The significance of hybridisation in the evolution and diversification of commensal taxa of Mus musculus s.l. species group is discussed. Allozyme analysis has shown that Transcaucasian populations of commensal house mice possess an admixture of musculus and domesticus genes. This region is either a zone of secondary contact between musculus and domesticus, with very wide introgression of domesticus genes into the genome of musculus, or these are relict populations descended from non-differentiated forms with ancestral polymorphism. The main feature of this zone is the unusually large extent of domesticus genes, which occur throughout the entire Transcaucasia (about 350 000 km 2 ). Data and observations favour the view suggest that Transcaucasian house mouse populations are relicts of an early-differentiated form of M. musculus, preserving much of the ancestral gene pool. The second possible hypothesis is that populations of Transcaucasia are result of hybridisation of ancient not finally differentiated forms of house mice. It is possible that ancient “oriental” lineage and ancient form of musculus were colonised the Transcaucasia and mixed in this territory. The Adzharian populations would then be a product of contact between these forms and early of fully differentiated M. domesticus from Turkey. Large zones of hybridisation are present also in other regions of Asia. Analysis of hybrid populations of house mice in Russia demonstrates the particular significance of hybridisation in the evolution of commensal taxa. This enhanced role in commensals is linked to their unique ability to expand their geographic ranges through human agency and even survive as commensals in areas that are beyond their physiological tolerance.
Smorkatcheva A.V., Smolnyakova E.S.
Group-living and cooperative breeding in the mandarin vole Lasiopodomys mandarinus were proposed to be an adaptation (or preadaptation) to the fossorial mode of life (Smorkatcheva, 1999). This hypothesis involved indirect benefits that gain offspring by helping their mother in tunnel construction among the factors promoting cooperative breeding. Answer to the question “which animals do provide the most help?” may allow us to understand whether helpers derive direct or indirect benefits from their action. In this study we compared the contributions to nest-residence, digging, bringing objects, eating and the digging/eating rates between different sex-age categories. We observed groups composed of pair of breeders, 1-9 weaned offspring and unweaned pups in artificial tunnel systems. Only daughters older 35 days participated extensively (along with their fathers) in transport and burrow construction. Overall, the digging/eating rate was greater in daughters than in mothers. This provides evidence that young females perform some excess workload to be used up, potentially, by reproductive female. Sons, independently of their age, and daughters under 35 days were engaged very little (lesser than other members of families) in burrow construction and transport. Sons under 60 days, daughter older 60 days and fathers were the major baby-sitters. Sex differences in degree of the most expensive activities are inconsistent with the kin-selection hypothesis, but can be explained in the framework of delayed reciprocity or group augmentation hypothesis. Another (non-alternative) explanation of the revealed sex-bias is that burrow construction would be parental, not only alloparental, investment for daughter should it attain a breeding position at natal territory.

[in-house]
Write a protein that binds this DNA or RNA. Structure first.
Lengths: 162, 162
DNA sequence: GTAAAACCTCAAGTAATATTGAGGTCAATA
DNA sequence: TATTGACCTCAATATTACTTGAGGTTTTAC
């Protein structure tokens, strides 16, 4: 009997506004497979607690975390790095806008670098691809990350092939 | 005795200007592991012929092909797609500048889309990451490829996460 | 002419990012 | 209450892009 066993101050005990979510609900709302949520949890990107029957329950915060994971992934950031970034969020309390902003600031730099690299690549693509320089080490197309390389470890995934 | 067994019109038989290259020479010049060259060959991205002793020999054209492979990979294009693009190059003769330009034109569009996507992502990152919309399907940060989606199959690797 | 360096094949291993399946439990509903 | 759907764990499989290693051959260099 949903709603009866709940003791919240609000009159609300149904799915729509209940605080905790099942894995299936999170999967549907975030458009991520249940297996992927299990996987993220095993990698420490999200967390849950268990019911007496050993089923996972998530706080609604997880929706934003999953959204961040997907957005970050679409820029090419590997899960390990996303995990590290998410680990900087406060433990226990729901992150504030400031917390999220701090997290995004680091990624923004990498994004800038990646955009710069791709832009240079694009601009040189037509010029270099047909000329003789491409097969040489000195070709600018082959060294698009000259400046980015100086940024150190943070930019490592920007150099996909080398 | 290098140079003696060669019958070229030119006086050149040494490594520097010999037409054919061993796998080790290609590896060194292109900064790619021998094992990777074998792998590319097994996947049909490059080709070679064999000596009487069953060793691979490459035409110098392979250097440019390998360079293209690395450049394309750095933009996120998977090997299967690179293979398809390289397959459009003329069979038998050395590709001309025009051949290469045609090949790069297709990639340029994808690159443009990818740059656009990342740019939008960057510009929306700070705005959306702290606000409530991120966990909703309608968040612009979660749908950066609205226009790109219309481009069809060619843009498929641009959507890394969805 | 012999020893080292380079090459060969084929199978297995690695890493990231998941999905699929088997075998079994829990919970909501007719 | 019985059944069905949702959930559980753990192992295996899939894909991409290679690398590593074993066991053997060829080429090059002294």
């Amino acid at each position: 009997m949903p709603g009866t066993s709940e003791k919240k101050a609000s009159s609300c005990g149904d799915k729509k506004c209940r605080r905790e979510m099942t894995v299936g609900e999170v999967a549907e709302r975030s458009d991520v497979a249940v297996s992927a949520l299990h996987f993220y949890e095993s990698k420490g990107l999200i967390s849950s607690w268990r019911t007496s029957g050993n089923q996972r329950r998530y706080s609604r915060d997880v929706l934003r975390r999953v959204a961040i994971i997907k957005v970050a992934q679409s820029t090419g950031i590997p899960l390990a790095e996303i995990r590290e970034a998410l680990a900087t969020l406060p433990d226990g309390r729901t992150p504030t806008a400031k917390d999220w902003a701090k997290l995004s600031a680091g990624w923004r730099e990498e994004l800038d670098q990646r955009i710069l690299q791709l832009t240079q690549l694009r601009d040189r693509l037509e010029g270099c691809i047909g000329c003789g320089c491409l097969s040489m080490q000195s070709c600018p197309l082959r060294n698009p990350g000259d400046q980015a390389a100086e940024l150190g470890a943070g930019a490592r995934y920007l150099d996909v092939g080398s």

The possibility of age determination of pikas using tooth row condition, development of crests on the angular process of the dentary, ossification of the skull and development of the skull crests, as well as condition of the reproductive system is discussed. Age variability of the features above is described. The methods allow determining individual age of pikas up to about four months old. Subsequently, morphological differences between specimens born this year and over wintered ones become obscured, but some difference in skull proportions may be retained for some time.